The sixth inning saw the Yankees score another run, this time with a more traditional rally. A single by Gio Urshela and a double by Sánchez put runners on first and second with one away. Miguel Andújar then grounded out to second baseman Joe Panik, plating Urshela. Gittens then proceeded to ground out to third to end the frame — robbed of a hit by a slick defensive play by Santiago Espinal — but the Yankees had begun to inch their way back, 5-3.
With Ryu out of the game after six, the Yankees rallied again in the seventh. Following a leadoff home run by Brett Gardner to bring them within one — a wall-scraper with an xBA of just .050 — LeMahieu doubled for his second hit of the day, putting the tying run on second. In typical 2021 Yankees fashion, he proceeded to advance to third on a wild pitch by Anthony Castro during Judge’s at-bat, then scored on another wild pitch by Carl Edwards Jr. to tie the game at five all. Stanton then missed a home run by about a foot in right field, and although the Yankees were unable to capitalize, they had come all the way back and set the stage for Frazier’s eighth-inning heroics.
This comeback was possible in large part due to the efforts of the bullpen, as Luis Cessa, Jonathan Loaisiga, Zack Britton, and Aroldis Chapman kept the Blue Jays off the scoreboard with 3.2 scoreless innings, despite the fact that they struck out only two while allowing four hits and two walks. Toronto threatened in the eighth, as Britton — appearing in only his second game this season — had no command of his pitches, throwing only 11 strikes in 24 pitches. Fortunately, he managed to get out of it by inducing two weak fly balls off the bats of Espinal and Bichette, stranding the bases loaded. Chapman recovered from his back-to-back losses by throwing a perfect ninth to secure the victory.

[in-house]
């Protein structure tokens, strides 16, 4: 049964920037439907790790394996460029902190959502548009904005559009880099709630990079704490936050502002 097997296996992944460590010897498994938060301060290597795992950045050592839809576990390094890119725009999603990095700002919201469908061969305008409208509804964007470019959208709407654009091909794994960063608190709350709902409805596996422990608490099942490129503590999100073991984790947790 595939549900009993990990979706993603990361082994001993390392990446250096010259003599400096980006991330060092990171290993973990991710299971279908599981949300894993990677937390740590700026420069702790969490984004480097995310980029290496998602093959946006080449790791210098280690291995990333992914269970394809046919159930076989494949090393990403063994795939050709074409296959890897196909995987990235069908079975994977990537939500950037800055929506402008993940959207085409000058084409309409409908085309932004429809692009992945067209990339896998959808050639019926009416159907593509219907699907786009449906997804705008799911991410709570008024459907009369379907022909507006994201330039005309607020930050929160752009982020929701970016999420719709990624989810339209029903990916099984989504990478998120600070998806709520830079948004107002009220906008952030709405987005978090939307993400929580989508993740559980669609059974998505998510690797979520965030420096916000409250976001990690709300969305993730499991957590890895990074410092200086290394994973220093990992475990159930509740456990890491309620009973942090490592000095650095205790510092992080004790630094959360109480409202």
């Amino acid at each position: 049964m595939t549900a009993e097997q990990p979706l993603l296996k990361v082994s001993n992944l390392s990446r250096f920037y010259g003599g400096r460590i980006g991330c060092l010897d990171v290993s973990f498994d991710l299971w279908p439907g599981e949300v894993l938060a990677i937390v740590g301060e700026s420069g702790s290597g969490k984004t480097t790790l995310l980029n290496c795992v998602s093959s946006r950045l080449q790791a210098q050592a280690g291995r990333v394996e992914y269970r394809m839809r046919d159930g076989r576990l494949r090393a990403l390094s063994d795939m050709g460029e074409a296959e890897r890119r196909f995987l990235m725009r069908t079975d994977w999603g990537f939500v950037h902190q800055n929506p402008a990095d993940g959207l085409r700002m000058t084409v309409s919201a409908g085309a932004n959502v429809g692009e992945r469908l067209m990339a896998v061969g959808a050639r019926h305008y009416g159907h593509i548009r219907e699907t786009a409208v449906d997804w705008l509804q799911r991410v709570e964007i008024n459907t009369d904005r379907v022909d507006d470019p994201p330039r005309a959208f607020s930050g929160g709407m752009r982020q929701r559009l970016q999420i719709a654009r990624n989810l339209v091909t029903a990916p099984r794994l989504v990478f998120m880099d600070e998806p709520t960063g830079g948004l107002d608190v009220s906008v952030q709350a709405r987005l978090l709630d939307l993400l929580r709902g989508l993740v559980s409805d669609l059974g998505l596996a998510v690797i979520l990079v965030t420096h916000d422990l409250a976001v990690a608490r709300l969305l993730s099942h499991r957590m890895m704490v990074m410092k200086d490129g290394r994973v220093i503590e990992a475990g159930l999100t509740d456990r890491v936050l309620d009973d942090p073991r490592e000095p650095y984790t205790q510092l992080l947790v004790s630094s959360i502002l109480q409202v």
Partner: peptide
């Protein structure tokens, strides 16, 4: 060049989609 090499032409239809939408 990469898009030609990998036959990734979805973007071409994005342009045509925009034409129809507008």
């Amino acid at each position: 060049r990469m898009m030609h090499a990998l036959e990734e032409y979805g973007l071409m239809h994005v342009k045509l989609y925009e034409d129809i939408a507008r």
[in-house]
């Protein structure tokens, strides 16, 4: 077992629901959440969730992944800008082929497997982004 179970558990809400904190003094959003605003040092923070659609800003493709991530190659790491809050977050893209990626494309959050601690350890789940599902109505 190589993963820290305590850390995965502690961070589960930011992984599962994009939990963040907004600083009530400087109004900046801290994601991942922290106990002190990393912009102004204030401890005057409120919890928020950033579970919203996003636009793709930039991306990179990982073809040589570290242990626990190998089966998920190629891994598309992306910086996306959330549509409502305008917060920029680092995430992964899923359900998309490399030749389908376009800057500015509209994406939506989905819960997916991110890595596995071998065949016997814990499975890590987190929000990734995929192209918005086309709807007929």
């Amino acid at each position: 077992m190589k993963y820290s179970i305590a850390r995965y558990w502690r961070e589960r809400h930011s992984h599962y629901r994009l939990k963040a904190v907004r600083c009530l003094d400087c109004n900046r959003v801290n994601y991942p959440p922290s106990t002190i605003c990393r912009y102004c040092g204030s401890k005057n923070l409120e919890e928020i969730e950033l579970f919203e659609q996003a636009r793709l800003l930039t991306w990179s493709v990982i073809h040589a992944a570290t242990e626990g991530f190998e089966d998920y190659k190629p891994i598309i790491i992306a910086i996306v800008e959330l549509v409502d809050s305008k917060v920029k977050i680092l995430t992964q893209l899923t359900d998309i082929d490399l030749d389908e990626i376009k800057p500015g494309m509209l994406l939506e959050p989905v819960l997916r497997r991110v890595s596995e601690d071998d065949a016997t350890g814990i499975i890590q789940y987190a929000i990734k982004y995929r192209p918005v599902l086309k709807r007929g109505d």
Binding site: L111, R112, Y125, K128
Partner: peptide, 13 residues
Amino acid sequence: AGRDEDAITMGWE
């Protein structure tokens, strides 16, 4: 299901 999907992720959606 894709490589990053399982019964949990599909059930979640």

Loaisiga earned the win, improving to 6-2, while Tim Mayza fell to 1-1 and Chapman recorded his 13th save of the season. With the W, the Yankees improve to 34-32 and snap their three-game losing streak. The Yankees and Blue Jays are back in action tomorrow at 7:07 pm ET, as Gerrit Cole takes on Ross Stripling.